Timberfx to Offer Services with a Seychelles License

With an expected launch date of 1 March 2024, Timberfx is now in the process of securing a license from the Seychelles regulator.

The new brokerage brand will offer trading services with forex and contracts for differences instruments. It will also provide crypto CFDs and non-deliverable forwards (NDFs). Initially, all the trading services will be offered on MetaTrader 5, with the possibility of adding other platforms as well.

Speaking to Finance Magnates, Gibson revealed that services and support for the new brokerage will be offered from its offices in Cyprus. He is now focused on securing staff for the full-fledged start of operations from January.

“We will offer some innovative pricing structures to IBs,” Gibson told Finance Magnates, adding his platform will take a unique approach with “educational services and training” and “automated bespoke trading strategies.”

He further highlighted that it is expensive to launch a brokerage brand with costs covering license purchase, license purchase, legal fees, company incorporations, and websites.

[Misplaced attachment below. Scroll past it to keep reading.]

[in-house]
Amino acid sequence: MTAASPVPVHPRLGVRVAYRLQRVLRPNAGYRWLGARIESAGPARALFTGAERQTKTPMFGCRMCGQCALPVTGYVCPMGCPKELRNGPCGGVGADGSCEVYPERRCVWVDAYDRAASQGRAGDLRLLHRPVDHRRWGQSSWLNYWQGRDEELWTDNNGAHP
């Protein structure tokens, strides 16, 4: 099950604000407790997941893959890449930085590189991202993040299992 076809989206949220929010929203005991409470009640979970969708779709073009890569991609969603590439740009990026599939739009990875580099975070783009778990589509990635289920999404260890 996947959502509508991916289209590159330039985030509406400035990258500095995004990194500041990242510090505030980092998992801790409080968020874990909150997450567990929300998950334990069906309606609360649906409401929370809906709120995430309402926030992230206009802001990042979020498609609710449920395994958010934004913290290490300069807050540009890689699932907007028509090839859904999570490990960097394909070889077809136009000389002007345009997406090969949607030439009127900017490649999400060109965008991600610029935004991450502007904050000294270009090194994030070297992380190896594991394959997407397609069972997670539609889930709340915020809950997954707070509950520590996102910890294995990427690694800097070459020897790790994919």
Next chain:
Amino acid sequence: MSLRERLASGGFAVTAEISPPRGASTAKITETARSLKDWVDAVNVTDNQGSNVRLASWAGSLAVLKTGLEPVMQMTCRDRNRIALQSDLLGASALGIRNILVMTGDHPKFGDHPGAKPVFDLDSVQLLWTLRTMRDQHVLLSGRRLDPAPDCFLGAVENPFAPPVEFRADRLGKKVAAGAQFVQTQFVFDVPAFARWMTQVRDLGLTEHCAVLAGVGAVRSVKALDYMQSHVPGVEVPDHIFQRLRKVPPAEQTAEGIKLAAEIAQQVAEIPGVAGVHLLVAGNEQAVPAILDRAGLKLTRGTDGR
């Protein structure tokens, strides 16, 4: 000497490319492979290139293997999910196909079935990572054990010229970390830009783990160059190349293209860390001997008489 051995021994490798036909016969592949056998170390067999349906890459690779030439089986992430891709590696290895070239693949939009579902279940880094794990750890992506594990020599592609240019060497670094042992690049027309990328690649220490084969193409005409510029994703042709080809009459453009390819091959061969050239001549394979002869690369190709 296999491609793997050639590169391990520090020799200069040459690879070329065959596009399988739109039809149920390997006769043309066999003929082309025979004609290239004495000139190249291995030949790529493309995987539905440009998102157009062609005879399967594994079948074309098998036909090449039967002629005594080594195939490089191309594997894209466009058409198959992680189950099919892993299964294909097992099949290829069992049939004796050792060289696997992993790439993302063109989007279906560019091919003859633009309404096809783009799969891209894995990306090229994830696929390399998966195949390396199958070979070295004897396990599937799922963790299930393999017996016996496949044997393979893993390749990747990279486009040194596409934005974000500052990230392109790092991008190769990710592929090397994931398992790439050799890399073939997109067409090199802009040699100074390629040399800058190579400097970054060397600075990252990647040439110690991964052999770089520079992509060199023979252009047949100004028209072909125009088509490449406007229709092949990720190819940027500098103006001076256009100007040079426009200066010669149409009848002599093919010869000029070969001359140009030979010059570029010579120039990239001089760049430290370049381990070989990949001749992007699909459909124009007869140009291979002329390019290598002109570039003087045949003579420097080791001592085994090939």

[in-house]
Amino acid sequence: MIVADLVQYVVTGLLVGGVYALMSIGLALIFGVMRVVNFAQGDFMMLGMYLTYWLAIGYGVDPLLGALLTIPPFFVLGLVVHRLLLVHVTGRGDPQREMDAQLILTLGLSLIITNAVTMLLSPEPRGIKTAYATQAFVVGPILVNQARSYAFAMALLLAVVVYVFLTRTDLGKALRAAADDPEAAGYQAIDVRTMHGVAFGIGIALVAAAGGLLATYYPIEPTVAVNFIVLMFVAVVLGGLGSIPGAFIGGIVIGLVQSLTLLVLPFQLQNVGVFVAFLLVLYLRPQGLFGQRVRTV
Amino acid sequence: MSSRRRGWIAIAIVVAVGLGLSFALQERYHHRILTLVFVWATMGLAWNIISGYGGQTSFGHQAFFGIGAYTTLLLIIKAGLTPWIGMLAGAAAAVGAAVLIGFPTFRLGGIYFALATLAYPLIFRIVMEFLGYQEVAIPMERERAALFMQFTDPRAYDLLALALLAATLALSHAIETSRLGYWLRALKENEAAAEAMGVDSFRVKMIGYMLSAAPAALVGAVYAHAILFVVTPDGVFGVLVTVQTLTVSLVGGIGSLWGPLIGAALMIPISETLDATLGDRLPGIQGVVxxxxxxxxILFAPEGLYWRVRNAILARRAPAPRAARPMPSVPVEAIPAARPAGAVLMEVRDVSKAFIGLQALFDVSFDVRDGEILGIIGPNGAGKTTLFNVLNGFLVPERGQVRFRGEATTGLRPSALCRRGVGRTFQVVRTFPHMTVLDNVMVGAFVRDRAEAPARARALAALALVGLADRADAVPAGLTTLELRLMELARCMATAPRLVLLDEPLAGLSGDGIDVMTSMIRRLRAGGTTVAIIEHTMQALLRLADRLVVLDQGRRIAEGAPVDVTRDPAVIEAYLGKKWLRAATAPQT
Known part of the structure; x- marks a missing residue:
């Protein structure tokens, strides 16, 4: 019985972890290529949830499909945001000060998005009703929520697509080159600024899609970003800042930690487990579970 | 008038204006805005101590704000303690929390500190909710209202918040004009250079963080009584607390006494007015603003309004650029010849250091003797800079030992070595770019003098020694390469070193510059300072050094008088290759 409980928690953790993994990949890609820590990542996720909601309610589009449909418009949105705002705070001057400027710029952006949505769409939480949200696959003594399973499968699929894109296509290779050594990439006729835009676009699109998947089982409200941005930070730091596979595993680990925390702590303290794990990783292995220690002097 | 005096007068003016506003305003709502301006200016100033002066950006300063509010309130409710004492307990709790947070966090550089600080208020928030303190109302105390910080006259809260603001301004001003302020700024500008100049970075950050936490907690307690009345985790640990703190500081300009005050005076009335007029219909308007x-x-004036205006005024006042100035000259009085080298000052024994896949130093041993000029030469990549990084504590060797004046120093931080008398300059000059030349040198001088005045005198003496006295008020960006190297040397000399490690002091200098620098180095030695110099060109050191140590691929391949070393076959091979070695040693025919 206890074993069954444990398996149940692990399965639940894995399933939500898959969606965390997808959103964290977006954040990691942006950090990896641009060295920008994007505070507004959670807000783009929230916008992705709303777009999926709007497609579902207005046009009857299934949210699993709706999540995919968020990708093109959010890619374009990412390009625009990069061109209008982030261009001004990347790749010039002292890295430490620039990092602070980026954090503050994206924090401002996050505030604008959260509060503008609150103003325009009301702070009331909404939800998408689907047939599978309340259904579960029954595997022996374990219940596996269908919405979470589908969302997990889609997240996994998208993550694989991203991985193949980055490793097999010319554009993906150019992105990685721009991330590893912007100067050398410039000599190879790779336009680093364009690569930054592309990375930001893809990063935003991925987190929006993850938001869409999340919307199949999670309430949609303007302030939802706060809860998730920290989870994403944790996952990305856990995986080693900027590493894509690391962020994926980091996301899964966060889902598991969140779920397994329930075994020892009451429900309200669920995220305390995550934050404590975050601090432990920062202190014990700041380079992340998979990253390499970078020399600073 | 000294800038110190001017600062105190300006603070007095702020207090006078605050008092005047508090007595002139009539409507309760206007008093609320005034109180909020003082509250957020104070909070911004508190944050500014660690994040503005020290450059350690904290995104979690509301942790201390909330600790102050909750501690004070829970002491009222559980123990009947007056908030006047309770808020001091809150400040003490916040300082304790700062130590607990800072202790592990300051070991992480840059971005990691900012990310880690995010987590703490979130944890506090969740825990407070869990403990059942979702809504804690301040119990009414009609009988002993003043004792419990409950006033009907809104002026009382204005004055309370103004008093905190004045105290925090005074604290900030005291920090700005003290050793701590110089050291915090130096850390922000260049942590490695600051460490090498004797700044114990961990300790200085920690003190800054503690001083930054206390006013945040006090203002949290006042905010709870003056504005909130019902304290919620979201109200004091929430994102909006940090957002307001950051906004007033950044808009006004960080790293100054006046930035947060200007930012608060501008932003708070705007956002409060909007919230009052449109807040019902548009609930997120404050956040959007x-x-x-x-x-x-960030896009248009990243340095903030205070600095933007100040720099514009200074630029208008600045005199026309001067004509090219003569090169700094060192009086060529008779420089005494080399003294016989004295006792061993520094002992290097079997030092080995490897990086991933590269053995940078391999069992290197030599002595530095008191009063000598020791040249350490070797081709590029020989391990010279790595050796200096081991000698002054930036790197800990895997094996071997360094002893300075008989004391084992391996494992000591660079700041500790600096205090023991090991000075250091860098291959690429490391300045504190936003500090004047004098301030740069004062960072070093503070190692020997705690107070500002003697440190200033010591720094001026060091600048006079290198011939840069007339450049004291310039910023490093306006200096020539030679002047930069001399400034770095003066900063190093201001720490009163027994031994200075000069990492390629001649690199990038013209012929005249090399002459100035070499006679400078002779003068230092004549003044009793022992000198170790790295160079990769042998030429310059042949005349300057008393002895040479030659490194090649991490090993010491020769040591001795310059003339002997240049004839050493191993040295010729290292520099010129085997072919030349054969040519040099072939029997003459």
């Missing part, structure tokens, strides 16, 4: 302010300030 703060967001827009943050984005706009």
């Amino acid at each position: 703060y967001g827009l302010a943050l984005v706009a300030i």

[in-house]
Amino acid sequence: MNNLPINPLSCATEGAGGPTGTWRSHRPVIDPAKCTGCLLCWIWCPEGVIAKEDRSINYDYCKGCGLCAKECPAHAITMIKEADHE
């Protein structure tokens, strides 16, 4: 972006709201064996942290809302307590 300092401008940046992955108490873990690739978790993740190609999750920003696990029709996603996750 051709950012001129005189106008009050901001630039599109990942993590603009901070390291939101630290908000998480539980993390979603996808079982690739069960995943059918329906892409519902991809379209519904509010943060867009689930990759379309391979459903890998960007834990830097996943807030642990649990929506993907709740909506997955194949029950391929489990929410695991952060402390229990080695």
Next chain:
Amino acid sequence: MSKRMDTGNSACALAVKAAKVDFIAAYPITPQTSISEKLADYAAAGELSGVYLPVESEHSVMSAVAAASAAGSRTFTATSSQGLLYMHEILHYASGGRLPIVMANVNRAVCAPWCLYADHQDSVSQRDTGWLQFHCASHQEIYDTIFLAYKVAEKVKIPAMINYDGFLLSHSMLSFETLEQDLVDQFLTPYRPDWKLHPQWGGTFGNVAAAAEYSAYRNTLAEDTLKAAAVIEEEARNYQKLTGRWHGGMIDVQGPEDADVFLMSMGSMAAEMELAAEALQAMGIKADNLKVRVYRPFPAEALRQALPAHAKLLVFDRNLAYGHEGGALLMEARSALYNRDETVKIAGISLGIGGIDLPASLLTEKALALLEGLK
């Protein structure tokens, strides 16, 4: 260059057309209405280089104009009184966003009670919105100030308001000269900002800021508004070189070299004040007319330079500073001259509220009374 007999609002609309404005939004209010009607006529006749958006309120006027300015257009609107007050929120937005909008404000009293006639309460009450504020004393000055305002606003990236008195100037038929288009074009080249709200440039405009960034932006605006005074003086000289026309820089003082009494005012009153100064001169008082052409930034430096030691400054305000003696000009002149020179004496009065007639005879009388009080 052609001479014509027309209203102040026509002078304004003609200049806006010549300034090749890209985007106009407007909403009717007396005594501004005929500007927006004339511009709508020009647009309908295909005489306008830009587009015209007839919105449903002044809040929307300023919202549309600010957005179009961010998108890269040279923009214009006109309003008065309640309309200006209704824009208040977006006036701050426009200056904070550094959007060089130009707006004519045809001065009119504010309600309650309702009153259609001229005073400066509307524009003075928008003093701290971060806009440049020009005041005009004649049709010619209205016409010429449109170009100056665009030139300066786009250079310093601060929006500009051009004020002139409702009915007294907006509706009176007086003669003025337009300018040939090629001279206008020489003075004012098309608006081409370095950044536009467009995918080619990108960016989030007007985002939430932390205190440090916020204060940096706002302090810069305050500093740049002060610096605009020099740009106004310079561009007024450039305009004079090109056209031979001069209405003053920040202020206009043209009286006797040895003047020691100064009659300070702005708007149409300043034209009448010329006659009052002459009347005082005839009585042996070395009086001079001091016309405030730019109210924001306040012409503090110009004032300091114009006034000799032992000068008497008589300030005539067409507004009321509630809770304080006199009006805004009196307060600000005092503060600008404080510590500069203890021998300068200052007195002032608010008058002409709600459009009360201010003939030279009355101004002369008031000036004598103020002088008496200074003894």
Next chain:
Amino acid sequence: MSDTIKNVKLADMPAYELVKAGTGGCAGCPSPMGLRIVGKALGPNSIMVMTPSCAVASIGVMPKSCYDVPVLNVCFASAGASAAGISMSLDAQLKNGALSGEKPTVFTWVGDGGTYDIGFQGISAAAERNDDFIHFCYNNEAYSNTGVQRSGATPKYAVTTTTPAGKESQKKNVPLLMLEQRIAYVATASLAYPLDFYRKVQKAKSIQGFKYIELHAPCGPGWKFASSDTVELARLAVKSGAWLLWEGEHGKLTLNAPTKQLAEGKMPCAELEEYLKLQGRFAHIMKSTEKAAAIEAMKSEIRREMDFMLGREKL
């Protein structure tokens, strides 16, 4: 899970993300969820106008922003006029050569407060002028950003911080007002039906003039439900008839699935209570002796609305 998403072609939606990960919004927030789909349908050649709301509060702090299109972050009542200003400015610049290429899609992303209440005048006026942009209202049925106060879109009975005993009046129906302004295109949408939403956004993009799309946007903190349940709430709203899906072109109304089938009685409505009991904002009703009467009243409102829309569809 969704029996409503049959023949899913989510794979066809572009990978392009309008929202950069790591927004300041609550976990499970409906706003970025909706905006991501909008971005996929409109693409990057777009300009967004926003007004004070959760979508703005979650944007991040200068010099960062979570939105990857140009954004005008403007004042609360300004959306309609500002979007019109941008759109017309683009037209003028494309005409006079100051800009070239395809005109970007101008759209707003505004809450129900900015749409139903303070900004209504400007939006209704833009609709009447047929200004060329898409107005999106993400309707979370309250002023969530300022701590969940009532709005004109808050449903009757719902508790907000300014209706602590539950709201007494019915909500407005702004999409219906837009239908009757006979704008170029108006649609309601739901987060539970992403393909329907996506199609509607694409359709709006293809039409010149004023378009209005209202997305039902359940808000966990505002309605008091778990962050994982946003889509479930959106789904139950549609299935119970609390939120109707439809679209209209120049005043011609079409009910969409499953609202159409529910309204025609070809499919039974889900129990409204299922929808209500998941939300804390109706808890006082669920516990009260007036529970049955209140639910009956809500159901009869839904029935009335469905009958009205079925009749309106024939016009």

Despite the challenges, he said he launched the brand as it “seemed like the way to get noticed as a ‘fresh face’ in a crowded market.”

A New Broker by a FX/CFDs Industry Veteran

Gibson brings 40 years of financial industry experience to his new brokerage brand. As seen on his LinkedIn profile, he started his career in the financial services industry in 1986 and spent years at many well-known brands.

He started Timberfx after spending a couple of years at Tavira Financial as the Head of Product Development for FX and CFDs. Before that, he spent three years at Cyprus-based Alfa Capital Markets, first as the Head of Institutional FX Sales and then as the Head of Institutional Sales.

Other prominent brands where Gibson held crucial positions are BCS Financial Group, Fastmatch, TradAirTradAir, ABN AMRO Clearing Bank, Fortis Bank Global Clearing, TraderTools, and a few others.

This article was written by Arnab Shome at

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Key Revenue Recognition Questions Every Paytech Company Needs to Answer

Key Revenue Recognition Questions Every Paytech Company Needs to Answer